By Jason Reed
Mena Suvari guest stars this week as Elizabeth Short, a real life murder victim from 1947 best known as the Black Dahlia. Short was a young actress whose body was found mutilated and cut in half, but her murder went unsolved. This makes it perfect material to fold into the universe of American Horror Story.
The bodies are piling up in Murder House and it’s starting to get crowded. Hayden is spending more time visible and interacting with people. She seduces Constance’s toy boy Travis, only to turn around and kill him. This means there is another trapped soul to hang around the house.
This also seems to be breaking the rules of who can do what to whom, as Hayden explores just what she is capable of. She seems to have graduated to a similar level of ability as Tate and Moira, where she can have an effect on people. The link between the three of them seems to be sex with the living.
I am often quick to criticise much in this show, however, the flashback scene of Ben and Hayden’s initial flirtation in a bar was warm and heartfelt. Both actors came across naturally and it’s one of Dylan McDermott’s best performances in the series so far.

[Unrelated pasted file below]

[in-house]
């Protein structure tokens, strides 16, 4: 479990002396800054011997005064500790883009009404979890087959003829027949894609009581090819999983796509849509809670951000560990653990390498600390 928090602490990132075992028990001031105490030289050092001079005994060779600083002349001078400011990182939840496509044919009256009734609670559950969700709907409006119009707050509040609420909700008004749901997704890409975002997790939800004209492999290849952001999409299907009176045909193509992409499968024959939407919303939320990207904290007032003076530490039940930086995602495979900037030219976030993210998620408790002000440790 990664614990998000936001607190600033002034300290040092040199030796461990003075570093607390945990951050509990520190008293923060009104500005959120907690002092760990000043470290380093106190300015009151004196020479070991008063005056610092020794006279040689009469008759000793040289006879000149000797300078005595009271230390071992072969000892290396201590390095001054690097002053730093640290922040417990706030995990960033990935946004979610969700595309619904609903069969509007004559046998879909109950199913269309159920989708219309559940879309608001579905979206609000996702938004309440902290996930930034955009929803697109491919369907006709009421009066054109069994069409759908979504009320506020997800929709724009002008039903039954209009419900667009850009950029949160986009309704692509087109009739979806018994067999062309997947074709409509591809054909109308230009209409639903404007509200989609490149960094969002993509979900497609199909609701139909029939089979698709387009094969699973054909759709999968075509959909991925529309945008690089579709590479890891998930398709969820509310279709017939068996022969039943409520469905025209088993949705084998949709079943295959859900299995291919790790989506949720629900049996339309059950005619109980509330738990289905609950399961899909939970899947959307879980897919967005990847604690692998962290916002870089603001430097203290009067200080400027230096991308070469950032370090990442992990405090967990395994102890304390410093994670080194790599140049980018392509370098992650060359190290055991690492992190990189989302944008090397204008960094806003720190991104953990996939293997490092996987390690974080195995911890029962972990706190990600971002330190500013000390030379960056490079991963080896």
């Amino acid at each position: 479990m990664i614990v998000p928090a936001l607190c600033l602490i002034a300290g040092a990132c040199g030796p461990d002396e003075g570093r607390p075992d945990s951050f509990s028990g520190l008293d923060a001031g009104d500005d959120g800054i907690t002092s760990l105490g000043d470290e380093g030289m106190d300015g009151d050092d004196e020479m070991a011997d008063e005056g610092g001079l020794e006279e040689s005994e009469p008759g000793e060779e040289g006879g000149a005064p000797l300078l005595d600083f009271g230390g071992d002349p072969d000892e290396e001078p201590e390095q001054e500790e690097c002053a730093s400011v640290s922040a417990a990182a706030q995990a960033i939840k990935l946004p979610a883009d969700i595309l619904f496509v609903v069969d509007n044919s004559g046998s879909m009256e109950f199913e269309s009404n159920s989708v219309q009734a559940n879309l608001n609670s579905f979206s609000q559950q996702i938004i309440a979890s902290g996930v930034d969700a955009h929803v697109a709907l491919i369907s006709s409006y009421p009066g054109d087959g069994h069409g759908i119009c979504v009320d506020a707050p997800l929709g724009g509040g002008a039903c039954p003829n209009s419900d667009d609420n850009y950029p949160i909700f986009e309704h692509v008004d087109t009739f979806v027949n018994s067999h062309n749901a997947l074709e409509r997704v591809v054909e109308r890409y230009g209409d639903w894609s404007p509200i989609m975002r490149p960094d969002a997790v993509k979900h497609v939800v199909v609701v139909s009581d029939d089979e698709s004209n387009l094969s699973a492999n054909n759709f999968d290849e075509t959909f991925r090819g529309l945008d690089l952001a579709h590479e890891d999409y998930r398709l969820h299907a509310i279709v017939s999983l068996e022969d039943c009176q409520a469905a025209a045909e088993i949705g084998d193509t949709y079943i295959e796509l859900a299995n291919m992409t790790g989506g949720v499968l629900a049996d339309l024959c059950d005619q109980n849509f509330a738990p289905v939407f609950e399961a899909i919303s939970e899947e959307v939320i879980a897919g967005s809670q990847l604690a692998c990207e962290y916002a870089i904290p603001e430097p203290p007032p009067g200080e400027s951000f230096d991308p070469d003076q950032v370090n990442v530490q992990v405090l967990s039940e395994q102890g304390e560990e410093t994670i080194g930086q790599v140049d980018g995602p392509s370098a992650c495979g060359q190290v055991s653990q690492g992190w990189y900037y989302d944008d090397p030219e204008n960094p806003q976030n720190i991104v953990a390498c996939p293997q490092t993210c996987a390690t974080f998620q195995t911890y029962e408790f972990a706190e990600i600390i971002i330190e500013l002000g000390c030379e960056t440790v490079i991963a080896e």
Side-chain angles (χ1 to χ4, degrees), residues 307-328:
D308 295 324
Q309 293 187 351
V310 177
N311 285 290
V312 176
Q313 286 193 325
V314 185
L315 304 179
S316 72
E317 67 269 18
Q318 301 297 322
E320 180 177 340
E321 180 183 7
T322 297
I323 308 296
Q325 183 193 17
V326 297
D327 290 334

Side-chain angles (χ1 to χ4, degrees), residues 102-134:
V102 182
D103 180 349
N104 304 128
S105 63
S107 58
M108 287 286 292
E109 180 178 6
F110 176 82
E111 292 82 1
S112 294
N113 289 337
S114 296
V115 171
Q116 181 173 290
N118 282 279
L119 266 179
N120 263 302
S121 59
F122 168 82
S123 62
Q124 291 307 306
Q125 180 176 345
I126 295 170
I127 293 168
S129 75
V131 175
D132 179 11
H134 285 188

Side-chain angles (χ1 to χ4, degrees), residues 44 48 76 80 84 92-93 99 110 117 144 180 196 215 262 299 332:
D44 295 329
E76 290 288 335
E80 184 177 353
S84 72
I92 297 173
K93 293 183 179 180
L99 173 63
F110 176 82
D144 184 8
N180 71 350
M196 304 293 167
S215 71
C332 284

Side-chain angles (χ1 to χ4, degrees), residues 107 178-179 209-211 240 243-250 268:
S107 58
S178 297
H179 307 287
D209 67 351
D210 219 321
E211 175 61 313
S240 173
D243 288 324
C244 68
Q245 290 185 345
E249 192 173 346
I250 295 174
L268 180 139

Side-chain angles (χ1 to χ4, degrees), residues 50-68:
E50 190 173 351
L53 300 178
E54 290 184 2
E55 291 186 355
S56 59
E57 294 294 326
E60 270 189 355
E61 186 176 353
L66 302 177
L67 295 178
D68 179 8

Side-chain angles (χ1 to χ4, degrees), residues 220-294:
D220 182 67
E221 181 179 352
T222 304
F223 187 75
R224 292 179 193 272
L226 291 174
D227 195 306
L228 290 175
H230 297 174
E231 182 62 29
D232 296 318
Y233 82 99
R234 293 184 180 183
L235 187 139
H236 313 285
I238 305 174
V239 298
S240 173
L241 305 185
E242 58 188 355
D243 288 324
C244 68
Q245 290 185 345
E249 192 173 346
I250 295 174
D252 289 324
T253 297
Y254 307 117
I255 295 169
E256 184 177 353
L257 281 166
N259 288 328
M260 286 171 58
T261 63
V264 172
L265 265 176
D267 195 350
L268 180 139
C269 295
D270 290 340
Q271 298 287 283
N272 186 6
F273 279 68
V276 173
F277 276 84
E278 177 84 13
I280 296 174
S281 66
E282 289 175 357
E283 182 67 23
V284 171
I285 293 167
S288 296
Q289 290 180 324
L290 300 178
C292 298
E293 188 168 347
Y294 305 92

The final scene in this episode was meant to carry the most gravitas, with a chilling prediction from Constance’s psychic Billie Dean. She spoke about the Pope’s Box, describing the apparently real details of a new pope’s induction, where he is given the key to a box, inside of which is the secret to the end of the world. If that isn’t melodramatic enough, she goes on to say that Tate’s child with Vivien will be the antichrist and will bring about the end of days.
This “perversion of the natural order” would be worrying if it could be taken seriously. Sarah Paulson gives a perfectly reasonable performance as Billie Dean, but she has such implausible material to work with, it is hard to take it seriously.
Whilst I appreciate the writers bringing in real historical characters, couldn’t they have come up with a better title than Spooky Little Girl? Titles can be fun or add an extra layer of meaning, but this is just superficial and doesn’t particularly allude to Elizabeth Short, unless they’re using Little as a play on Short. Why not Cut Short or maybe Dead Famous?